Enlightened Planning Book
I was asked for a practitioner endorsement for Chris Chapman’s latest book ‘Enlightened Planning’. This was an honour to provide and allowed me to acknowledge the influence and guidance that Chris’s work and teachings have had on my development as an analyst and practitioner. The endorsement of the book can be read below and in the book synopsis; however here on the website I have more space to explain influences and synergies with Chris’s work in more detail through a series of posts.
I will also be offerring training on the Enlightened Planning approach [download information].
'Comments by Colleagues'
I have been an independent consultant for a decade, building on an earlier decade of experience, initially in business development in the IT and Telecoms industry, then as a project management consultant with Bombardier Transportation and the Sweett Group. My growing interest in risk and uncertainty led me to Chris’s publications in the early 2000s and I took part in his 2006 International Project Management Association ‘Managing Project Risk & Uncertainty in New Ways’ Advanced Training Course in Copenhagen. This course and subsequent reading of his publications have been a key influence in my development as a ‘reflective practitioner’ – with many of the methodologies and approaches being applied, with success and benefit, in my client assignments. Particularly important was an appreciation of how to get beyond seeing ‘risk’ in terms of independent events, treat interdependencies effectively, and meet the challenges involved in persuading clients’ personnel conditioned by simplistic approaches to change their approaches.
The ‘enlightened planning’ perspective explored in this new book involves deep thinking about strategy, uncertainty, complexity and implementation, with considerable attention to perspective and some philosophical aspects. However, this new book is also rich in simple tools and practical concepts and mantras that help with the ‘how to do it’ and 'craftsmanship' associated with planning and analysis in new ways. I fully anticipate using all aspects when faced with challenging problems. My favourite new concept is ‘closure with completeness’. The basic underlying ideas have always been there in the approaches Chris has advocated, but they are now brought together, made explicit, and named. Closure with completeness gives a very concise plain English label and rationale for the inclusion of items such as an ‘allowance for unidentified risk’ in a project cost estimate. It also naturally prompts people to question whether the analysis addresses everything relevant.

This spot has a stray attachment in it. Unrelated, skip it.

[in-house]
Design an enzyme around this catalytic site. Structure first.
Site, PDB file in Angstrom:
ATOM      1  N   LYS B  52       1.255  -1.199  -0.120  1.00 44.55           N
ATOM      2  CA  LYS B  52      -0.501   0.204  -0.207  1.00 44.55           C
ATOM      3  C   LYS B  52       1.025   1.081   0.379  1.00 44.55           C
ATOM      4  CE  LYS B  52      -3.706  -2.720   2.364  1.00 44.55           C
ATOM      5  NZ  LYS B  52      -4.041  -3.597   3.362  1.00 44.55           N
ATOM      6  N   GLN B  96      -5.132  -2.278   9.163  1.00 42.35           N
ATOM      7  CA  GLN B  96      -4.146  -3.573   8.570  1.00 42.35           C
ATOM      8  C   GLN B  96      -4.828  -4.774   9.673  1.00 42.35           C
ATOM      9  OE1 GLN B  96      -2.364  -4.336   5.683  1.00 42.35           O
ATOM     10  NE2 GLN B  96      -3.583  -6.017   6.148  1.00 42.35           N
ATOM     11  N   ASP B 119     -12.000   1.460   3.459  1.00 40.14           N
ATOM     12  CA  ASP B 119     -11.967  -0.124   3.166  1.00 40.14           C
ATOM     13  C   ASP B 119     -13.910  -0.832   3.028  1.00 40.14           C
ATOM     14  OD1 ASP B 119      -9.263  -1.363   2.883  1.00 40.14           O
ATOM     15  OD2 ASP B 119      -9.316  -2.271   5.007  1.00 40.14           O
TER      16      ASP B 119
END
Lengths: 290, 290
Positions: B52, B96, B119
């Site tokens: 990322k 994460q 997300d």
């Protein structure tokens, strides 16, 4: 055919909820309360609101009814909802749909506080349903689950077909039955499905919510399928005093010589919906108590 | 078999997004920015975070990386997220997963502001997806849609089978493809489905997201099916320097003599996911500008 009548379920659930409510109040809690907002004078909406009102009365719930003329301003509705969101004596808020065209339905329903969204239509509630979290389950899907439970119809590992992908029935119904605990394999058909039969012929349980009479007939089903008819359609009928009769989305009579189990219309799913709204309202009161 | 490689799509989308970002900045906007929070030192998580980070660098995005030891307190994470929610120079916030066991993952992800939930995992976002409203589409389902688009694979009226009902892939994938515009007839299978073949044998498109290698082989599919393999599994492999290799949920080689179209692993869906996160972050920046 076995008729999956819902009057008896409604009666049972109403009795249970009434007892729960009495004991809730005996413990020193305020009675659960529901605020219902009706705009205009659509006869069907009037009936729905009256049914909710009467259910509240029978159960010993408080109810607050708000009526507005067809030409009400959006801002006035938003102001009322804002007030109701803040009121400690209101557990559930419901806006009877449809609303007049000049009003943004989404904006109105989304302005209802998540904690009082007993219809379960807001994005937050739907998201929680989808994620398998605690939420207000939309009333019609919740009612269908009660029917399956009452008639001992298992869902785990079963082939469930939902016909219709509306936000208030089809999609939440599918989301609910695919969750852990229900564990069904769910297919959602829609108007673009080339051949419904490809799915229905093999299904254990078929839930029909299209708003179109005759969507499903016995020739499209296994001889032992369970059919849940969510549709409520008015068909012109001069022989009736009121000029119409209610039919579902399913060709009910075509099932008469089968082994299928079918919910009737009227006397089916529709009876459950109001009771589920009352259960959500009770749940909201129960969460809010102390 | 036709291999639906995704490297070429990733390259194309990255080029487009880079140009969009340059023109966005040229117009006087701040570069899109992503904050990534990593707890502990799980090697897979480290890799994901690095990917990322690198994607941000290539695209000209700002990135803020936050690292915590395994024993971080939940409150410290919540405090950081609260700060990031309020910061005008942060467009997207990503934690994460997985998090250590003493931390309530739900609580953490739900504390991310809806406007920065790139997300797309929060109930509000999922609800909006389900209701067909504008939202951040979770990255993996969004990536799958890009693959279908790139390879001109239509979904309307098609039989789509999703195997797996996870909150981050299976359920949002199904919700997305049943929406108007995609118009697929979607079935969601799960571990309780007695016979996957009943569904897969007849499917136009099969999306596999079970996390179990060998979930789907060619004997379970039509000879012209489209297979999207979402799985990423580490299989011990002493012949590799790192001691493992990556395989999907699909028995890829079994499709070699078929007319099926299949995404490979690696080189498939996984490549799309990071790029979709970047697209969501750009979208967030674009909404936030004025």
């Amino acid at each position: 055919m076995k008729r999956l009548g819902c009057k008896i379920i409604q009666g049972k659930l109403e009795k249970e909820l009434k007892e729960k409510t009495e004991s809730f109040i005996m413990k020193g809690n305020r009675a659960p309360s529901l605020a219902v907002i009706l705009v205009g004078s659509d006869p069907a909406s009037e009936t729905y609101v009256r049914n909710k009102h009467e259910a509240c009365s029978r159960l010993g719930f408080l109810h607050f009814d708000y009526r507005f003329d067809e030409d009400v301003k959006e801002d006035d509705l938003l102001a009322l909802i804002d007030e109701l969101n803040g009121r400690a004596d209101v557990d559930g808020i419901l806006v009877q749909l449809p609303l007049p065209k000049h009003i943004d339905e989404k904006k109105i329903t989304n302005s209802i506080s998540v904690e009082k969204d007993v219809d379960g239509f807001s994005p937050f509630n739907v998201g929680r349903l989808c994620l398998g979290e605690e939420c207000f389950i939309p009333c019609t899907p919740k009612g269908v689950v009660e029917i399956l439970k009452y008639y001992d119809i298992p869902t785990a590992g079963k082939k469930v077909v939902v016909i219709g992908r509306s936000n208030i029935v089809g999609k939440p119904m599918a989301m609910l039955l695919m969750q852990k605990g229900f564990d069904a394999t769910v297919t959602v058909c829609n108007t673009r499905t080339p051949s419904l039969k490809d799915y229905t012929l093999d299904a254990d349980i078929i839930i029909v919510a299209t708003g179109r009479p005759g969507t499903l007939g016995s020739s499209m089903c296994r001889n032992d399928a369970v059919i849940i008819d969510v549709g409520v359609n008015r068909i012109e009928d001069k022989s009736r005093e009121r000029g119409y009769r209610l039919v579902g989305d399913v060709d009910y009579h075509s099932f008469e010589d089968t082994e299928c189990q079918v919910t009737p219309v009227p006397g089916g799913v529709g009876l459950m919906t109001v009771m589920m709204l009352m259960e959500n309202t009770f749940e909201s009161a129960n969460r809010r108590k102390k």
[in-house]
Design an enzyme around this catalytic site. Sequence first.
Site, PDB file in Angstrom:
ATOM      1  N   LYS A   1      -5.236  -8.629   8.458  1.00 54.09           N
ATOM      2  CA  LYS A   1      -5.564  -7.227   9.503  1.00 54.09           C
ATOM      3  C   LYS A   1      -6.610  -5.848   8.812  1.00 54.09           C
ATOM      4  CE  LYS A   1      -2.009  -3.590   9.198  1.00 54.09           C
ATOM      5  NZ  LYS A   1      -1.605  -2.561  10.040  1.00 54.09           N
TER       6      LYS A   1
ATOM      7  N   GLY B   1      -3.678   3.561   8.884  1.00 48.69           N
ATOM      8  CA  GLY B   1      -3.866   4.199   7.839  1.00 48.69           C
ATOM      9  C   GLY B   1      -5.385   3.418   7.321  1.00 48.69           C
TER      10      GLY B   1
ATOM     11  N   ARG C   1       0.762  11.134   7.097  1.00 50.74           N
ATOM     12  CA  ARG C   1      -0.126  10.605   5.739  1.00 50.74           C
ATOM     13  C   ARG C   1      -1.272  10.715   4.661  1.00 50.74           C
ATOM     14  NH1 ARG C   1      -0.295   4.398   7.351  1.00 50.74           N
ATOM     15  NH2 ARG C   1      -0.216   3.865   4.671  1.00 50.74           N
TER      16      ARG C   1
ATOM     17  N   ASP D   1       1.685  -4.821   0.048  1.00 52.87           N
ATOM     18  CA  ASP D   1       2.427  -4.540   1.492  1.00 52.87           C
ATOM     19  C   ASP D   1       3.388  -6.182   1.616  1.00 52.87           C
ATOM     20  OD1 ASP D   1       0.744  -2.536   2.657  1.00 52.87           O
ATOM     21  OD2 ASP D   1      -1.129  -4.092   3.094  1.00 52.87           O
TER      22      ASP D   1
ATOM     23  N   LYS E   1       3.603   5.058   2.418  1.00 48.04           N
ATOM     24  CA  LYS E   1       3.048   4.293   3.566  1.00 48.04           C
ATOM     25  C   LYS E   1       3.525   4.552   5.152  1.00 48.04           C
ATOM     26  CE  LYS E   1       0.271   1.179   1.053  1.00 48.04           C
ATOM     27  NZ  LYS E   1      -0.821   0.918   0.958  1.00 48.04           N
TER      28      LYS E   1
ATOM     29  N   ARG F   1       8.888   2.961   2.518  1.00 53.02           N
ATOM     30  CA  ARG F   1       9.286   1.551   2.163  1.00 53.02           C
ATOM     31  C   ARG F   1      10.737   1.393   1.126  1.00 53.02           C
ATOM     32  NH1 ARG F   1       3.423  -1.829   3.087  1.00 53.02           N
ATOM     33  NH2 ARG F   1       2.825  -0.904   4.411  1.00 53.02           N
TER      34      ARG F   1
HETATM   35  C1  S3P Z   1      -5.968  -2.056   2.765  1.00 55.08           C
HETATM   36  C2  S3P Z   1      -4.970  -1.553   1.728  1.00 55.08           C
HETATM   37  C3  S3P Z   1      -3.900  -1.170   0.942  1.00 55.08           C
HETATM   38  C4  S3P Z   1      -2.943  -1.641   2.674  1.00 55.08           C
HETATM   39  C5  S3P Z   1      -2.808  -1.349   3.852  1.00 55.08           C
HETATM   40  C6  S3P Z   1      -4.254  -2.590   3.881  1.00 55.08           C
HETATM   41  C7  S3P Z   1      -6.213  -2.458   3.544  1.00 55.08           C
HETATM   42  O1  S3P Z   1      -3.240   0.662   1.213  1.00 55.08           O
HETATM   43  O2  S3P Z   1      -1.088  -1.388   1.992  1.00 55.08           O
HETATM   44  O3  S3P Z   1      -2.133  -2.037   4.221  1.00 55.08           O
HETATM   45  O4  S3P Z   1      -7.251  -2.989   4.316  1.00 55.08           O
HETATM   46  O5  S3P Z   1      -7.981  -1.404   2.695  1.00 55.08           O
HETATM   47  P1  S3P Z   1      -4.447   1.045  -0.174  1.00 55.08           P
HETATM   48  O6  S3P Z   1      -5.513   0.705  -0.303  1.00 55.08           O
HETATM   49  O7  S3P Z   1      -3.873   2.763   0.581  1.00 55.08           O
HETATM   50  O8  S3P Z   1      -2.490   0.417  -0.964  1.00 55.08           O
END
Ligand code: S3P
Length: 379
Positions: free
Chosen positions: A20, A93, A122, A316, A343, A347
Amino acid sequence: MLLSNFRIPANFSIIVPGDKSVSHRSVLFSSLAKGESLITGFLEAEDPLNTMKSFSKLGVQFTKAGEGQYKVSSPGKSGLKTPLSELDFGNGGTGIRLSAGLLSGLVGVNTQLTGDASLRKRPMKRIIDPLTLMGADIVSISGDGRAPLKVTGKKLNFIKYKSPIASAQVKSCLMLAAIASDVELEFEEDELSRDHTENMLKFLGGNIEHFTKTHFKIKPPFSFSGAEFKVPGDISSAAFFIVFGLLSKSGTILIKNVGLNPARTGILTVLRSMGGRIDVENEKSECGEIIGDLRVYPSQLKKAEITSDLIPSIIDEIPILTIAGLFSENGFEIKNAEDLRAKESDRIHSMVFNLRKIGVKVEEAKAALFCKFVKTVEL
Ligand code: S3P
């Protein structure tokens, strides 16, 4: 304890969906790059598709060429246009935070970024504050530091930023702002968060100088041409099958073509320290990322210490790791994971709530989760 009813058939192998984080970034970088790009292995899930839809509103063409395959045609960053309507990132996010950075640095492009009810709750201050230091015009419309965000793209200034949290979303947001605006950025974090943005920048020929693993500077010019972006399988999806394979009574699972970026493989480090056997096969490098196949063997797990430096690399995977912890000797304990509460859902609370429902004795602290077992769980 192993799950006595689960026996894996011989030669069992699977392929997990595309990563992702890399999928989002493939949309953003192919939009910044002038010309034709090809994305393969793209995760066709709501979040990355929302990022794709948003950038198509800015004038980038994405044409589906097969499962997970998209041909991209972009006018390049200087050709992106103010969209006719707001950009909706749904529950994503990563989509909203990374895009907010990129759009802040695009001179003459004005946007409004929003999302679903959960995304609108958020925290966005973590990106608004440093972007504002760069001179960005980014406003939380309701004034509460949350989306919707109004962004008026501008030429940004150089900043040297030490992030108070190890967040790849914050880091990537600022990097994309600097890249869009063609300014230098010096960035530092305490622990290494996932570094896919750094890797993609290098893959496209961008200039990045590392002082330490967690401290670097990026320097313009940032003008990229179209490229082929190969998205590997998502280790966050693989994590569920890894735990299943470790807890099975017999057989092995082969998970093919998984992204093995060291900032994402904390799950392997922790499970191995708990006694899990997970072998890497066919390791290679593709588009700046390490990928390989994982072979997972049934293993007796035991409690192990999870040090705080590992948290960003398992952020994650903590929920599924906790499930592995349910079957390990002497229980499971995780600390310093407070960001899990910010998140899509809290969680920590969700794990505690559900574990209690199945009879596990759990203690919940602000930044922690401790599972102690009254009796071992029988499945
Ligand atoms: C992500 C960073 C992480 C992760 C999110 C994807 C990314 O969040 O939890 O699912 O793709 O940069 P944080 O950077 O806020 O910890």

This new book builds on a consolidation of an extensive research and consulting career, drawing on both successful applications of new ideas and some lessons learned the hard way. Reading this book from beginning to end was a serious challenge, but I expect to get large return on the time invested.
Stpen Cresswell. June, 2019.